Advice needed on a domestic problem:
This is a discussion on Advice needed on a domestic problem: within the Carry & Defensive Scenarios forums, part of the Defensive Carry Discussions category; Here is the situation, I am a manager at a small company and had a female employee come to me and tell me that she ...
April 27th, 2008 08:00 PM
Advice needed on a domestic problem:
Here is the situation, I am a manager at a small company and had a female employee come to me and tell me that she is in the process of leaving her husband due to him drinking and threatening her with a gun. 911 has already been involved due to his threats. During one fight she was leaving in her car and heard him fire his gun, she doesnít know if he was shooting at her or in the air to scare her. She is in the process of getting a restraining order which we all know are worth what they are written on.
Iím wondering if anyone else has ran in domestic problems at work, employees going through a divorce and the other party turns things violent. Work is an easy place to find someone. If you have any firsthand experience, how was it handled? Myself and the owner carry and I donít think either of us could stand by and watch someone get killed but we canít be a body guard all day long either.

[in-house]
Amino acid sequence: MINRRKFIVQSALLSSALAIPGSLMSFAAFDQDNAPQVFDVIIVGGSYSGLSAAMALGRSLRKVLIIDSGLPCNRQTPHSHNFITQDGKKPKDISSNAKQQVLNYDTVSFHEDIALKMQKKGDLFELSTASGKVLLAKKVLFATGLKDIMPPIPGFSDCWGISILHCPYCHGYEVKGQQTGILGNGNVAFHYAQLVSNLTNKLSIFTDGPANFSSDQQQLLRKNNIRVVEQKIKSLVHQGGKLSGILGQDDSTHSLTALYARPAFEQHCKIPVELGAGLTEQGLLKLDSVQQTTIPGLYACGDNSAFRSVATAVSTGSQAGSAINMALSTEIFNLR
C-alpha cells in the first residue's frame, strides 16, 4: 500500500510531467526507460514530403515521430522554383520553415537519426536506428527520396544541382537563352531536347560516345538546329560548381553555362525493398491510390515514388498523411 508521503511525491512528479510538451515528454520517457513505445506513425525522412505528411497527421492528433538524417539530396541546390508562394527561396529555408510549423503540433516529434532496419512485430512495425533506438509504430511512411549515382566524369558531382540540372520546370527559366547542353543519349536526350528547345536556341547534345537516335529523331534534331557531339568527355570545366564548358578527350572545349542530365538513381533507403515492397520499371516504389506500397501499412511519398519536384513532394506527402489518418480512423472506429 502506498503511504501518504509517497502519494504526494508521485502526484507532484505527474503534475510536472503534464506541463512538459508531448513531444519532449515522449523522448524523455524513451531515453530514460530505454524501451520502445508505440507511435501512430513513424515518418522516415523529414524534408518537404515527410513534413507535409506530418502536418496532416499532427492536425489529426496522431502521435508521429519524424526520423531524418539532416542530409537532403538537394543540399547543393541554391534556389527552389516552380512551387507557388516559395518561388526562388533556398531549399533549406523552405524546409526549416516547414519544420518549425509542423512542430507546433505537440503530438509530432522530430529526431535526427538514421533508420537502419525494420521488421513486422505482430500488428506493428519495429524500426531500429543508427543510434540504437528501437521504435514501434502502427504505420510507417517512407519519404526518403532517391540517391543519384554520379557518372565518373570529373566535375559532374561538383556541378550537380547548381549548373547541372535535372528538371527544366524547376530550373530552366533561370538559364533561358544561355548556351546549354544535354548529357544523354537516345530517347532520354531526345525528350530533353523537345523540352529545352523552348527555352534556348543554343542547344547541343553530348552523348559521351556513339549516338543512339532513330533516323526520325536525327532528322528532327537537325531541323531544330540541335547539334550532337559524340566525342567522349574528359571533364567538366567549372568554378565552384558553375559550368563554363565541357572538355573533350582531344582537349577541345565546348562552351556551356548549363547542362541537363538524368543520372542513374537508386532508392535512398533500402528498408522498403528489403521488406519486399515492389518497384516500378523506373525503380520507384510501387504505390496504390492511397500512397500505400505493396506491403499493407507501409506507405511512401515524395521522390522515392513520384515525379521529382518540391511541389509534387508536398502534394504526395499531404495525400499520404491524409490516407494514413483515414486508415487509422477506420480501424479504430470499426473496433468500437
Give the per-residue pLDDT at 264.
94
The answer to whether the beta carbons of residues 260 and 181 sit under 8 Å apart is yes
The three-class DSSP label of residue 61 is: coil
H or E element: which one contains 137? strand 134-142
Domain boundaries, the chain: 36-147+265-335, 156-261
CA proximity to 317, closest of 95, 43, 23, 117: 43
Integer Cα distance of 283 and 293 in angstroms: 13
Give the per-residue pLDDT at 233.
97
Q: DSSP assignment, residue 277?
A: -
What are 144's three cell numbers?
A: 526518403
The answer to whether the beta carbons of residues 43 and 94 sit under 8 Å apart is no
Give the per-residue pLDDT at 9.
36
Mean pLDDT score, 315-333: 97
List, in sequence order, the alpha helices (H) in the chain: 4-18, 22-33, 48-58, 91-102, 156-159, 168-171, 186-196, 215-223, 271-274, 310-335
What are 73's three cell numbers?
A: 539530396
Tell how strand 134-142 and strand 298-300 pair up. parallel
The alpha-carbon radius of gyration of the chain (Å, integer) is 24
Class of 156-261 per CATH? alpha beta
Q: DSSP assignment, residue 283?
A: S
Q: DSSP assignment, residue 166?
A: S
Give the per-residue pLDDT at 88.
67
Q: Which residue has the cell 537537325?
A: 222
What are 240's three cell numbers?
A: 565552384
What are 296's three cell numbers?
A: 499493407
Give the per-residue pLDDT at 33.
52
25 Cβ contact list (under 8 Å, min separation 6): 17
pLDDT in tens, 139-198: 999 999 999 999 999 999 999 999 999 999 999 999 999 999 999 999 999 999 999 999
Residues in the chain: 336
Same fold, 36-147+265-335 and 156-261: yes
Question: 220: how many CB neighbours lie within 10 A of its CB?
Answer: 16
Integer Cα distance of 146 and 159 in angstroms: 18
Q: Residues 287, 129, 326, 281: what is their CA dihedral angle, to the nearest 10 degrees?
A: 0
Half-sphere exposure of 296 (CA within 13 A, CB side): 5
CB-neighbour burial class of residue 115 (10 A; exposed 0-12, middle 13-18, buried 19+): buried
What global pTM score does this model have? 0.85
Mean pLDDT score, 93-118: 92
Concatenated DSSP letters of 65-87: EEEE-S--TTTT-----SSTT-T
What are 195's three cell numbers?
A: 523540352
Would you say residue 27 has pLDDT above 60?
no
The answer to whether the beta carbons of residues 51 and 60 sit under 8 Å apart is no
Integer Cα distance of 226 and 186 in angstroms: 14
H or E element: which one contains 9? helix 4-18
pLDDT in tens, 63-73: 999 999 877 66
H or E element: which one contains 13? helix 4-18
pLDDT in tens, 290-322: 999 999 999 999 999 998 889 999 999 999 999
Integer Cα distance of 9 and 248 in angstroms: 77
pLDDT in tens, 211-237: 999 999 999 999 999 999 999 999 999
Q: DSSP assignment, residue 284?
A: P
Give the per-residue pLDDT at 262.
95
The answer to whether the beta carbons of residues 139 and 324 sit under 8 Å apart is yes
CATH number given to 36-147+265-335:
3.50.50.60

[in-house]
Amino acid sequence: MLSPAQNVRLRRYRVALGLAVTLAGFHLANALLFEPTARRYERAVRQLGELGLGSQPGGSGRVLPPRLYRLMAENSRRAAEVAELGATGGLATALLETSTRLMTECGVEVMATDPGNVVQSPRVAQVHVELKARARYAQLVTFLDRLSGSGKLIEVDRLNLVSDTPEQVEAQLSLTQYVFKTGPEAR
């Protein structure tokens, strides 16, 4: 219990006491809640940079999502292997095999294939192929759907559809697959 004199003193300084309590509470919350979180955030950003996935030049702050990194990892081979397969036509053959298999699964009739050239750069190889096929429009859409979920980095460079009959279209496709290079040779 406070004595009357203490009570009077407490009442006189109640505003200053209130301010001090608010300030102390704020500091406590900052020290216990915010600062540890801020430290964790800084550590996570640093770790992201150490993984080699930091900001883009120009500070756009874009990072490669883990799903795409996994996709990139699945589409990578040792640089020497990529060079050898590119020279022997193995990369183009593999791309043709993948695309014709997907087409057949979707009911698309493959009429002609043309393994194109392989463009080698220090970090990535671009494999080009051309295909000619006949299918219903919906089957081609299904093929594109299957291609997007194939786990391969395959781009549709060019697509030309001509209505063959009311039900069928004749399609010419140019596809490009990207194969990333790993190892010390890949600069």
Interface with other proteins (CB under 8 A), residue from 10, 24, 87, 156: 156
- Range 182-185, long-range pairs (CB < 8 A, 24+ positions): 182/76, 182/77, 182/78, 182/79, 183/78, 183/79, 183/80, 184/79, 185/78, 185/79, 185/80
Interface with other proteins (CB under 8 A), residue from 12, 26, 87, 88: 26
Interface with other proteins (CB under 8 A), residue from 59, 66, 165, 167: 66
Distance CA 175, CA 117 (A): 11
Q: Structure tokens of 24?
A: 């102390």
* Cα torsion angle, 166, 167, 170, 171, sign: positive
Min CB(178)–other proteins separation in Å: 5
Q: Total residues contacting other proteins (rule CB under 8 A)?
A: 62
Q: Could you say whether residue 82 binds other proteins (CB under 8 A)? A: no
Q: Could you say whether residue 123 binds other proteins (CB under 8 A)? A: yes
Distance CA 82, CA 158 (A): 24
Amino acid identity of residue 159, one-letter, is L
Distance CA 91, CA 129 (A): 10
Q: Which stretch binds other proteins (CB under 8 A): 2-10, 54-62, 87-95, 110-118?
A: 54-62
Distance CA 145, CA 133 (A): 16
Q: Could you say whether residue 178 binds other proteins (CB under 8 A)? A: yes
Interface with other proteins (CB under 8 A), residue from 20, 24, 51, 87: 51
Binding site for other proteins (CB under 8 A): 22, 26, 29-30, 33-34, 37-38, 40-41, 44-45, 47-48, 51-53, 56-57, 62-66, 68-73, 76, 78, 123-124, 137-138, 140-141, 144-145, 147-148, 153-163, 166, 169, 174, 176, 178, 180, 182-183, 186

Bad situation either way if something does go down.
I posted this on another forum and every response was to stay out of domestic situations and I agree but I am responsible for employee safety while I'm at work. My concern is that he will come to work and start trouble, I will call 911 but we all know that when seconds count, the police are only minutes away.
April 27th, 2008 08:00 PM
April 27th, 2008 08:09 PM
Not only should you stay out of it, but it's for her own safety that she not be at work for awhile and not go to her home. It's best to get away from the common area's he is going to look. She should be getting a temp CCW, but again, her choice.
Many women make bad choices, and some go back. It's a vicious circle.
With a potential or proven violent tendency you can only assume that for her and all co-workers it's best that she stay away from work for awhile.
This is just one reason why my wife and I are such good savers. Her first marriage ended in diverse and she was put in the hospital several times. (Over 15 years ago) She learned to save money so she could live without work for a few months and get an apartment and otherwise live.
Just my opinion.
April 27th, 2008 08:38 PM
Workplace: Solutions for Small and Large Employers
Get Help - National Domestic Violence Hotline: 1-800-799-7233 or 1-800-787-3224 (TTY) - Break the silence, make the call.
She needs to at least get to a safe house and inclued her place of work in the restraining order. She may be able to use some sick days to deal with this depending on the law. You should call the DOL for guidance as to what your duties/responsabilities are as employers.